Tito Collasius was working as a dishwasher aboard the research ship Knorr in 1985, when the team, using cameras mounted on underwater vehicles, made a mind-blowing discovery. "I came to the [Woods Hole] Oceanic [Institution] as a mess attendant and the first cruise I ever made was finding the RMS Titanic," Collasius says. "I was at the right place at the right time. It knocked my socks off. I vowed that I would go do that one day."
Collasius made good on his word. Today he pilots an underwater remote-operated vehicle, or ROV, for the Oceanic, a nonprofit marine research group based in Massachusetts.
His work sounds a little like science fiction: Men on ships flicking joysticks that control robots the size of trucks as they rove miles beneath the sea in near-freezing depths no man could hope to reach, sophisticated tools and cameras whirring and snapping at the ends of long hydraulic arms.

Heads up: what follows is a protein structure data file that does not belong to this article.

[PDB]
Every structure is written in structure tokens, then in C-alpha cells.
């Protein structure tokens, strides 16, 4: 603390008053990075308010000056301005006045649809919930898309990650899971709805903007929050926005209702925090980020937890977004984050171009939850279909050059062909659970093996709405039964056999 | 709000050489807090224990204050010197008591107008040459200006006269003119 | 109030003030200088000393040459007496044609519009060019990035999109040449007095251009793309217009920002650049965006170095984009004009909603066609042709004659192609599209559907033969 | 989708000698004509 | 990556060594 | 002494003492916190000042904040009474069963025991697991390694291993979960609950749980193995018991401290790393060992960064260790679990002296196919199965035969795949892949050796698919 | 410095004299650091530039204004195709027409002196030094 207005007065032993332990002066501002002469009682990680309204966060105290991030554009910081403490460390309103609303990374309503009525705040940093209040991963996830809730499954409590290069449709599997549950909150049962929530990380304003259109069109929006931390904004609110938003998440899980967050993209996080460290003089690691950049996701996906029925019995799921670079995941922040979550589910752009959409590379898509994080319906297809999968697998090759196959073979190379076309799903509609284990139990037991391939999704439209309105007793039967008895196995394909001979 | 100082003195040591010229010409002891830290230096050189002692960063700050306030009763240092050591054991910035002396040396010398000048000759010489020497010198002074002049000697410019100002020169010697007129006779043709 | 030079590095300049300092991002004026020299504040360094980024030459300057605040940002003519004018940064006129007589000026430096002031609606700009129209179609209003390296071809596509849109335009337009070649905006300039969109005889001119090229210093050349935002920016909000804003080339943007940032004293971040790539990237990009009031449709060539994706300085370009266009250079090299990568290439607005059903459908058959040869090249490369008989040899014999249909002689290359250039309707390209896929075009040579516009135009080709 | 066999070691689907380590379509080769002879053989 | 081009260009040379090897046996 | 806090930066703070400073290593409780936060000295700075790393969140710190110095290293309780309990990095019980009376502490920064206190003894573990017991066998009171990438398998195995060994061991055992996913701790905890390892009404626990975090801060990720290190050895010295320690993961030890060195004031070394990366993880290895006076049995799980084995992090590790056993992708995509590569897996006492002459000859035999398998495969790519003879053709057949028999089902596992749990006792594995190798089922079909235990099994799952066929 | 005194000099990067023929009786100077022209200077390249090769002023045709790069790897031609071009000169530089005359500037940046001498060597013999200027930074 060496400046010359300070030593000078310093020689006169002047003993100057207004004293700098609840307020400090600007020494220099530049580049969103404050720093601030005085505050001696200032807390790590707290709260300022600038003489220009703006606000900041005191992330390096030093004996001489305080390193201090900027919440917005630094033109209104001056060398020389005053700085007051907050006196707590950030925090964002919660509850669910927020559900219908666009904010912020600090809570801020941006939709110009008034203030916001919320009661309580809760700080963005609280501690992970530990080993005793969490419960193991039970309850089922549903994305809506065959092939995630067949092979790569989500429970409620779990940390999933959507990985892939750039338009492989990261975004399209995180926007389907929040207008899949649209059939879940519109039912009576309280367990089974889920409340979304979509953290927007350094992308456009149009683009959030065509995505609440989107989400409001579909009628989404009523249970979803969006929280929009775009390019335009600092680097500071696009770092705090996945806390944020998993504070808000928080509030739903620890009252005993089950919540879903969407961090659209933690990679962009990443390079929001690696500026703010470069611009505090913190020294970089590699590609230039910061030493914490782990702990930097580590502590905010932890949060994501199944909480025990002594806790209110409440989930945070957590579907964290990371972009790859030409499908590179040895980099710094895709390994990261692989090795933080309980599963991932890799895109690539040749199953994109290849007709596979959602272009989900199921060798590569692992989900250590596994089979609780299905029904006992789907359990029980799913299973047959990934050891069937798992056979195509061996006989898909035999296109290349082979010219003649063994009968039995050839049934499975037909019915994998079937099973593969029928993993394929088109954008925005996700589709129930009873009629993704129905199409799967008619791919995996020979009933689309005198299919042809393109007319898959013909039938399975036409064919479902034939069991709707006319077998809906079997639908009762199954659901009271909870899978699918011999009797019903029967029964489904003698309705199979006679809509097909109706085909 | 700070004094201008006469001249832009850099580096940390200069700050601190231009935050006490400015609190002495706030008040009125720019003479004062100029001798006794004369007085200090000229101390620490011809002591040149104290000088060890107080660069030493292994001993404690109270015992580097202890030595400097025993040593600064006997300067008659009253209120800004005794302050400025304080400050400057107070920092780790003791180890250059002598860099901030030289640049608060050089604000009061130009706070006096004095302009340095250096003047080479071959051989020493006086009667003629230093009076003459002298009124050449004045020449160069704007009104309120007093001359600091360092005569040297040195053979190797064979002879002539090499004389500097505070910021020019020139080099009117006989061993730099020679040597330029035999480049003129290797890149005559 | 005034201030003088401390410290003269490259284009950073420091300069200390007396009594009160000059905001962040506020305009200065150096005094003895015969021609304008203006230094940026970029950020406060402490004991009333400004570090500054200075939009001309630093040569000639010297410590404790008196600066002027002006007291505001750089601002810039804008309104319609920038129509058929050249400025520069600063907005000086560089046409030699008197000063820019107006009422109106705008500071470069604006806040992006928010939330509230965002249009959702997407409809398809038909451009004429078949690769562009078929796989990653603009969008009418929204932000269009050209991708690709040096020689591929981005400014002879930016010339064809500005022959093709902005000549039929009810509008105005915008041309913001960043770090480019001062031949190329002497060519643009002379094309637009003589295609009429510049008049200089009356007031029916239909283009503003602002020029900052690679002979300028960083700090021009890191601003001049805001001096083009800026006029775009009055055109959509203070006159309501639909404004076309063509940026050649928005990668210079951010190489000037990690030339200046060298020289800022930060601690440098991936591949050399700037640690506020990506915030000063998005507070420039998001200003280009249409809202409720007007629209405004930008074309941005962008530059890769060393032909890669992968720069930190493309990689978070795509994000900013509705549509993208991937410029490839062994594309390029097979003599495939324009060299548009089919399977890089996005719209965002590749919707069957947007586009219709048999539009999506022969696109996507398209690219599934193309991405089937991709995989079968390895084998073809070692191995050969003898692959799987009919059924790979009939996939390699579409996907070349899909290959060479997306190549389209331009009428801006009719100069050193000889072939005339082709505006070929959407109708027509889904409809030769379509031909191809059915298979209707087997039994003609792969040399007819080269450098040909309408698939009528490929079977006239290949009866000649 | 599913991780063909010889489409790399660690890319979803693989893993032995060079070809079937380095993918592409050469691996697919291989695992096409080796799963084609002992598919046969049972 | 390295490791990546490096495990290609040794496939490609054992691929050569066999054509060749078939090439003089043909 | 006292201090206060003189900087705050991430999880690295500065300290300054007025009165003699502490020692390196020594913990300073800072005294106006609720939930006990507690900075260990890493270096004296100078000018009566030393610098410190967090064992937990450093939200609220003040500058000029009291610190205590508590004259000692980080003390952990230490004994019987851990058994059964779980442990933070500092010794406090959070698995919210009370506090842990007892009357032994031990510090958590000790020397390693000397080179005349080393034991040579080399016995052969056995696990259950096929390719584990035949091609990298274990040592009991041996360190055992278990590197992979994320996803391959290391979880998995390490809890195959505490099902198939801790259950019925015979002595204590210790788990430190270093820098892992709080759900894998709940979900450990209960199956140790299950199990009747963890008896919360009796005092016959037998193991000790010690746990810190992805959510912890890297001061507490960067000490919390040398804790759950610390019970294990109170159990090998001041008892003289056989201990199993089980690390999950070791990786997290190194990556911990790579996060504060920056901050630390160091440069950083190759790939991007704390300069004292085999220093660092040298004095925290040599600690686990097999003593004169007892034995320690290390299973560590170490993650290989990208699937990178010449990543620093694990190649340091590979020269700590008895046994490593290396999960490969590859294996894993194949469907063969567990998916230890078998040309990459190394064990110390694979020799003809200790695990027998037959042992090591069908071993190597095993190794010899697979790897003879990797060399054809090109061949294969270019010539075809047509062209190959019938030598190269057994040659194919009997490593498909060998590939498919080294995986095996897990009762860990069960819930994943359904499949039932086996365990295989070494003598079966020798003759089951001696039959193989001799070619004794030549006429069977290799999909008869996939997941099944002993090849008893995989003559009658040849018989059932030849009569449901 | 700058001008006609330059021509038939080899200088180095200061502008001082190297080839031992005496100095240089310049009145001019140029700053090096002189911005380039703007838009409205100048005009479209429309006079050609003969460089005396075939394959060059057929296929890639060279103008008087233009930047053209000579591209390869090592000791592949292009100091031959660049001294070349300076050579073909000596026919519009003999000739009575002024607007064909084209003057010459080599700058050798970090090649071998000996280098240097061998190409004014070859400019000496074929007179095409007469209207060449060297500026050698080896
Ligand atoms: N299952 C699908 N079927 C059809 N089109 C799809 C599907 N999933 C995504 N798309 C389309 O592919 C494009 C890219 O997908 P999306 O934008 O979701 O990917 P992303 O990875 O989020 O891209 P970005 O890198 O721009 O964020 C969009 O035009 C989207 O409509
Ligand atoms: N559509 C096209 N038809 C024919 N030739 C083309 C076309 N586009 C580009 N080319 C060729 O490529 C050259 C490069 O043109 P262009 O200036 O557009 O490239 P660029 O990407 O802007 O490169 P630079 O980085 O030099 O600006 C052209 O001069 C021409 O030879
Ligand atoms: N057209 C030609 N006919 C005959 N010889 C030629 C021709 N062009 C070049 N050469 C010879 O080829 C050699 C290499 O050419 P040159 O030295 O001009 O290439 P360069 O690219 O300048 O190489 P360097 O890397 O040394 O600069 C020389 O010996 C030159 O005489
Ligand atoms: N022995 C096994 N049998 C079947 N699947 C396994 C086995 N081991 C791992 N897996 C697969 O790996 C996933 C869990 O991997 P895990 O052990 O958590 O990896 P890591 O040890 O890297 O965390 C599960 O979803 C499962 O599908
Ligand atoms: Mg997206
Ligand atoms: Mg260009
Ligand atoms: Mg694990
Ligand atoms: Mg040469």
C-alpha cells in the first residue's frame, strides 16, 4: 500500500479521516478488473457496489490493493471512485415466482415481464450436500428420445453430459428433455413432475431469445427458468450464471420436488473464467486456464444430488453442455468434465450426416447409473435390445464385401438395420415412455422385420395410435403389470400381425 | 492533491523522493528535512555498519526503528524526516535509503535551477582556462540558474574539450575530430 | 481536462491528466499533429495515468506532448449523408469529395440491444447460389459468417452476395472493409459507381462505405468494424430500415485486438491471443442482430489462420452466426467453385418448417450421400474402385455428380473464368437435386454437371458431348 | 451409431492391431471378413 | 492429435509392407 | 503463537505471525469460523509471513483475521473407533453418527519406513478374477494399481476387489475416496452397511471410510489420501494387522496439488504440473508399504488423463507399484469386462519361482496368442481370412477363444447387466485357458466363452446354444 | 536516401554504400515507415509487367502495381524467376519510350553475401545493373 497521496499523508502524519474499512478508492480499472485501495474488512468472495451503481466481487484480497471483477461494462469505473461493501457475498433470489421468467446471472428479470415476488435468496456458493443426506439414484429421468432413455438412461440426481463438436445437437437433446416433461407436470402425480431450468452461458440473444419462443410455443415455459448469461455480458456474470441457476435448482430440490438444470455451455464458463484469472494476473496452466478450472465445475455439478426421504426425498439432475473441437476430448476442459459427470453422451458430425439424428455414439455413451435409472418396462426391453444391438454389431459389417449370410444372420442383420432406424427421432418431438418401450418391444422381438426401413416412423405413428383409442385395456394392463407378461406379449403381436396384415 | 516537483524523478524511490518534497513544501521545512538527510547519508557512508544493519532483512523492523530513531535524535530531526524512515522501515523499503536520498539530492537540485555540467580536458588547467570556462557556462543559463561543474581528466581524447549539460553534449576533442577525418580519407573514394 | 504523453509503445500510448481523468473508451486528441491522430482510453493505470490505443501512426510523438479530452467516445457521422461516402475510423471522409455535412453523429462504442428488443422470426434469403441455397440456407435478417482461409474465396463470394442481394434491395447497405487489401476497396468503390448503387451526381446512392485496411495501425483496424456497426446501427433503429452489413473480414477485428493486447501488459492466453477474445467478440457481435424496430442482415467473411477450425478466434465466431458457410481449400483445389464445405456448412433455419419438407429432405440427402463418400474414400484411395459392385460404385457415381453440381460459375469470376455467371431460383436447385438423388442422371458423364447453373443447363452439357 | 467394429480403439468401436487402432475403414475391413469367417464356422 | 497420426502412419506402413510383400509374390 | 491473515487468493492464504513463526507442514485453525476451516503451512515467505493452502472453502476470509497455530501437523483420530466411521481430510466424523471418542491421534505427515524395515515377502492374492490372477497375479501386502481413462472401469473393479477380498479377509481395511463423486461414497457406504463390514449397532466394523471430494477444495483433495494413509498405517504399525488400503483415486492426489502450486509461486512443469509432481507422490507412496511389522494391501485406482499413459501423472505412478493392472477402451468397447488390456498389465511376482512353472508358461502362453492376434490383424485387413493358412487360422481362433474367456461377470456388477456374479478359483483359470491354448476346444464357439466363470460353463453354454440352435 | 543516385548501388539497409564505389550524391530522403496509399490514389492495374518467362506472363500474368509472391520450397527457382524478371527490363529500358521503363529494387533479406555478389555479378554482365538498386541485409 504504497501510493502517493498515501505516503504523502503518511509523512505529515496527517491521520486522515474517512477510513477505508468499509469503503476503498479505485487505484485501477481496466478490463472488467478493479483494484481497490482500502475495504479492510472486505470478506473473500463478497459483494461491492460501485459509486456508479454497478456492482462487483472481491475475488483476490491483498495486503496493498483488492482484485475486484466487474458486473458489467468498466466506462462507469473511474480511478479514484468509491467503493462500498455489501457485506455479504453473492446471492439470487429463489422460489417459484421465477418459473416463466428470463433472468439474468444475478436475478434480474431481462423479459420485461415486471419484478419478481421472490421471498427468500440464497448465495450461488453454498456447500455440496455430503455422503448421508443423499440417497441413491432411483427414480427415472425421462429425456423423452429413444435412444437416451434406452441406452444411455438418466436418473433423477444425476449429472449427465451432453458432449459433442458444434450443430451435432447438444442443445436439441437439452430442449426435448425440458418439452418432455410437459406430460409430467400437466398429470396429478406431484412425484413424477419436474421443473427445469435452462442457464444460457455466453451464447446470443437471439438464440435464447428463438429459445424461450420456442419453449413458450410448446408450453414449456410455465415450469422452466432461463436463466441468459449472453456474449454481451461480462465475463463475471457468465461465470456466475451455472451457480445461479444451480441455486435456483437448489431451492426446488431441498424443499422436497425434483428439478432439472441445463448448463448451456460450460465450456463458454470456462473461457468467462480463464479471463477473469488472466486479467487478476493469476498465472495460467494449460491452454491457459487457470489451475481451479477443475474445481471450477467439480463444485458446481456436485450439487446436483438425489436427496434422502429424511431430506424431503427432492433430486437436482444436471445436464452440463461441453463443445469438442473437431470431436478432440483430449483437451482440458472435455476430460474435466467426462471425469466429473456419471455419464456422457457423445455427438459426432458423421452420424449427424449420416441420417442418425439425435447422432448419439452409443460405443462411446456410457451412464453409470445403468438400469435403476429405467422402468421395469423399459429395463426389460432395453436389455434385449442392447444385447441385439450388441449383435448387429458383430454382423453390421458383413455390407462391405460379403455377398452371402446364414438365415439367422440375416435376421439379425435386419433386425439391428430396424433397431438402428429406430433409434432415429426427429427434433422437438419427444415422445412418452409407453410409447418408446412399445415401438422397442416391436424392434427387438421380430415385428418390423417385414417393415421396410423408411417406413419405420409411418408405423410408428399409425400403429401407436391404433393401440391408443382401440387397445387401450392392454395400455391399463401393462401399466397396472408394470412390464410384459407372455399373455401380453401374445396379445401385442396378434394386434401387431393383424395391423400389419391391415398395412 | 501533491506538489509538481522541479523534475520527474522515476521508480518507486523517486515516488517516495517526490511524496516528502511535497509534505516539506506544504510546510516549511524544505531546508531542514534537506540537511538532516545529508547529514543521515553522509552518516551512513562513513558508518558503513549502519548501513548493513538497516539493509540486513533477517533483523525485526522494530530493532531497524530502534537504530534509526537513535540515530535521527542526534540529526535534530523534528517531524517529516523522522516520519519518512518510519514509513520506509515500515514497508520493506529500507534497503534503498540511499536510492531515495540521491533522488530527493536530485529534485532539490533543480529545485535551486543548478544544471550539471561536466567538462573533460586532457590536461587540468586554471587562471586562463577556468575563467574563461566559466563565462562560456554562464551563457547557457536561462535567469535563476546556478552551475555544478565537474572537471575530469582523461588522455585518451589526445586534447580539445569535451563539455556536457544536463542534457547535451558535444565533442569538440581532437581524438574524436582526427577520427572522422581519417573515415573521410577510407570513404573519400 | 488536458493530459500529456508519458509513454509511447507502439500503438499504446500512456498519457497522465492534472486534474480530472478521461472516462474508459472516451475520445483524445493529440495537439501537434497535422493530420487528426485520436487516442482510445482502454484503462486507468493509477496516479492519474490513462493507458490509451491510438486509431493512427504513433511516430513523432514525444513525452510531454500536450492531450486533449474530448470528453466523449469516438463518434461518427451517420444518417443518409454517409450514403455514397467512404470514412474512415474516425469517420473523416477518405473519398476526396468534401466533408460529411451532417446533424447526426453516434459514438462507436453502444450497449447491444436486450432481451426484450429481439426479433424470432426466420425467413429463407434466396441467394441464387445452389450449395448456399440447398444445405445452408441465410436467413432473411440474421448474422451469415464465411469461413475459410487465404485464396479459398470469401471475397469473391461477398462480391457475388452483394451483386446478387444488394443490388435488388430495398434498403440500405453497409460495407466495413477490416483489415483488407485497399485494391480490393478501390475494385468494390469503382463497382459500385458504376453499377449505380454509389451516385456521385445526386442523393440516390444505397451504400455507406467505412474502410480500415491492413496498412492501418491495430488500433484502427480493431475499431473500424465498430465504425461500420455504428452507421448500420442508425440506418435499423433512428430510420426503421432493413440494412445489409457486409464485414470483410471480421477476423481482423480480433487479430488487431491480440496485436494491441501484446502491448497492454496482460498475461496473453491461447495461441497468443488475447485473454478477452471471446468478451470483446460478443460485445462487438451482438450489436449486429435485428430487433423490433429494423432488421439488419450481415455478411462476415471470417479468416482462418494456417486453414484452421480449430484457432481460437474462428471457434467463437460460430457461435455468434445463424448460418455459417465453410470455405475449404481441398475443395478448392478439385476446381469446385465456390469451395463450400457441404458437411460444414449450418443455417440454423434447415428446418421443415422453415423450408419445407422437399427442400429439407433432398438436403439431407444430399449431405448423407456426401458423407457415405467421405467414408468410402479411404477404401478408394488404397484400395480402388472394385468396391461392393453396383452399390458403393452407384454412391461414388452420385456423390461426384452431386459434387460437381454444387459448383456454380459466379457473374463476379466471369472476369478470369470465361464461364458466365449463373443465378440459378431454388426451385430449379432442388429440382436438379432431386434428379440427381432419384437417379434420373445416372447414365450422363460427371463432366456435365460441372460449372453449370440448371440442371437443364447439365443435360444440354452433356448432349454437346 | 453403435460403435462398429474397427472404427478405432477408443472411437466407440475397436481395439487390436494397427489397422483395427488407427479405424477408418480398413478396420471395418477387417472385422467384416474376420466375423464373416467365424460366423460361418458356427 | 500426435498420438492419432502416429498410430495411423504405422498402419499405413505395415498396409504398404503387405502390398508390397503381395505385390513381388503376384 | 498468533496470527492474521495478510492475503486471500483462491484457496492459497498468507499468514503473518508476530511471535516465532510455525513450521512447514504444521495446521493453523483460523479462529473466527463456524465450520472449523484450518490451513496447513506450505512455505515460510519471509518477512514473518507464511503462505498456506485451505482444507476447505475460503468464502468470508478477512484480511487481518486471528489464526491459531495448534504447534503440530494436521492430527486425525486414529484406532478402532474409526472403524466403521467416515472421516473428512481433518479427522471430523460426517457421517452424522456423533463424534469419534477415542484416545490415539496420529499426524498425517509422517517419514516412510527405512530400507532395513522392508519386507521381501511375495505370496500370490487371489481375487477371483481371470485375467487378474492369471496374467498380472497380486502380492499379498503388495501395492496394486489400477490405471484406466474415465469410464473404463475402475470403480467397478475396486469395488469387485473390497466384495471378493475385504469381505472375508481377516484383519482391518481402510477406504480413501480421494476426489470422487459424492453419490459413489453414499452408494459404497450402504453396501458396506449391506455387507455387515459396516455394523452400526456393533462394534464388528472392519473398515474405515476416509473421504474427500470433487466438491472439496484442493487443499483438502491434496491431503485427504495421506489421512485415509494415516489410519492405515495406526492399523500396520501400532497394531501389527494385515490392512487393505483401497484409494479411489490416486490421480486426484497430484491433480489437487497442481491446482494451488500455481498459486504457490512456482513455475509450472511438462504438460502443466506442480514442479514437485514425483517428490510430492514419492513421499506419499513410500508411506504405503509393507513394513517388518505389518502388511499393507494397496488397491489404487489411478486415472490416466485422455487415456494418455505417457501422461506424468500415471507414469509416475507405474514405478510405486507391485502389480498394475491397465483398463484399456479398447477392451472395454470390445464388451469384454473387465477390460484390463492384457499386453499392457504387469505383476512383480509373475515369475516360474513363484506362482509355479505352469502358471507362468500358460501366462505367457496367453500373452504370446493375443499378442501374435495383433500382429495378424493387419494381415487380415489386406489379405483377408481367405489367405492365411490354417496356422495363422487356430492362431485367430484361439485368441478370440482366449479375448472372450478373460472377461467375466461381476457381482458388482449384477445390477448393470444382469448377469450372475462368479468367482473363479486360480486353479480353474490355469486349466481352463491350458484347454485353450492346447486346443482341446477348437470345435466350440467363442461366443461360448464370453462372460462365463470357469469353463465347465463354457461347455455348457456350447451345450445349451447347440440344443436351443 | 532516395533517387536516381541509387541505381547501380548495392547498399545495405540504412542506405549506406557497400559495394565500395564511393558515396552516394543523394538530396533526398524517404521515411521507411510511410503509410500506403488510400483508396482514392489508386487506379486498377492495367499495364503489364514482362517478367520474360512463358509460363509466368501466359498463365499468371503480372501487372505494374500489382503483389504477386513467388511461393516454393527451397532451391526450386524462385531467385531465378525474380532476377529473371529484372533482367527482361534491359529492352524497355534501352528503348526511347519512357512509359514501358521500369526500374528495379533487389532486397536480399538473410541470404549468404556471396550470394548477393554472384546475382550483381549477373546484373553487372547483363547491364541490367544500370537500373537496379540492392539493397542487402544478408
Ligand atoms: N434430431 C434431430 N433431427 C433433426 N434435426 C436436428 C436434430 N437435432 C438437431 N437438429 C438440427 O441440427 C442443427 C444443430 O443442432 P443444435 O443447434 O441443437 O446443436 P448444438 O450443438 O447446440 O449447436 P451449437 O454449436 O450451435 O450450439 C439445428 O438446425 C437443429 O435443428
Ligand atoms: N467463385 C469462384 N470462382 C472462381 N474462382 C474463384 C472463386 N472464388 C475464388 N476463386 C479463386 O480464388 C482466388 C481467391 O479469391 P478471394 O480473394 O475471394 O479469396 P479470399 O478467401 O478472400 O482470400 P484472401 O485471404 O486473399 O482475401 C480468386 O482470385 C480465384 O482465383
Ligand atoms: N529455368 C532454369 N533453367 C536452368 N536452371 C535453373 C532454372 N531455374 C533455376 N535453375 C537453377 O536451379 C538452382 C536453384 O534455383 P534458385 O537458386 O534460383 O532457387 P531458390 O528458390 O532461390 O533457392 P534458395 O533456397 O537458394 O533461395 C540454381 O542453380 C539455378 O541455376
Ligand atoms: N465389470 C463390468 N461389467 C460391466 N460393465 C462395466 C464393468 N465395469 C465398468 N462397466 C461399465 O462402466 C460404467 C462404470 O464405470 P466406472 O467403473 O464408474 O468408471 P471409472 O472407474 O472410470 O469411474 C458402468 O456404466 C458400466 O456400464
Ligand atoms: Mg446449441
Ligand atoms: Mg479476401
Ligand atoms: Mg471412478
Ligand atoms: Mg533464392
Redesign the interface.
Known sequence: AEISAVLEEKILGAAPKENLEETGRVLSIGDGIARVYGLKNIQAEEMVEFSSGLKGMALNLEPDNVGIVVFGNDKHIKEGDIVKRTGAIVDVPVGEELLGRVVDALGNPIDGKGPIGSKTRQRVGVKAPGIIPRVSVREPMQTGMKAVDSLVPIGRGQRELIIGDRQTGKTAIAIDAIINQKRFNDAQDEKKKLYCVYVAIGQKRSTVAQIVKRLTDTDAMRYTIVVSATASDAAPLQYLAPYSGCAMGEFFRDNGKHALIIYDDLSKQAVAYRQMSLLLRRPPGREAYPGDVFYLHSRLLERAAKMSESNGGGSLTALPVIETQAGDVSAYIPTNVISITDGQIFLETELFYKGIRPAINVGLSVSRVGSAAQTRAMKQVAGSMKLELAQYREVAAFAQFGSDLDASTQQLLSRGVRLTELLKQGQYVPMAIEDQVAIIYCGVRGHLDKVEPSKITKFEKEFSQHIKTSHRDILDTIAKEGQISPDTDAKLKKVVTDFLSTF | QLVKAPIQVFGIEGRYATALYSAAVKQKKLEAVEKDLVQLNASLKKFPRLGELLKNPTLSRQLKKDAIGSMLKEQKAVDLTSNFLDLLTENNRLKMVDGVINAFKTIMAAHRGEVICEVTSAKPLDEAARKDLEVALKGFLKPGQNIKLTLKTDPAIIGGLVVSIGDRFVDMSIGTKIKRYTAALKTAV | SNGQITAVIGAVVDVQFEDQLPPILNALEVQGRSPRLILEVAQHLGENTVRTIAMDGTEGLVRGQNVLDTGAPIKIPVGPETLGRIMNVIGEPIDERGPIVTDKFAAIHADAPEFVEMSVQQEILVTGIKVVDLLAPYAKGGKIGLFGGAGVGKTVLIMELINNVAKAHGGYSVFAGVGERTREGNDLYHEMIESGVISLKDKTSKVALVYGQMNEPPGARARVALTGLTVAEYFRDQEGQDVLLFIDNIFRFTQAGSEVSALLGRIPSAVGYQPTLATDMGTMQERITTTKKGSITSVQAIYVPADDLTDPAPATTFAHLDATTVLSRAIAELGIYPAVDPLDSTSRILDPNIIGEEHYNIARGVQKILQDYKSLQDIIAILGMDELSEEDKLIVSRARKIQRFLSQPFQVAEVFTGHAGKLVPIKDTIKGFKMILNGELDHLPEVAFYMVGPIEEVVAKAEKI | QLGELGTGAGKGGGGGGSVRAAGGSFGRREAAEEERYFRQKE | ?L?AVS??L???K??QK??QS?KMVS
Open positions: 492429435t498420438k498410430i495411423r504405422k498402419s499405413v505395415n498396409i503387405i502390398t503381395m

But ever since the Gulf of Mexico Oil spill erupted in April, robots much like these have played a vital role in each successive effort BP has made to staunch the spill pouring forth from its sunken Deepwater Horizon rig. It was powerful ROVs equipped with a diamond tipped saw and, eventually, a pair of enormous shears, which cut a crushed riser pipe this week as step one in the latest attempt to cap the leak.
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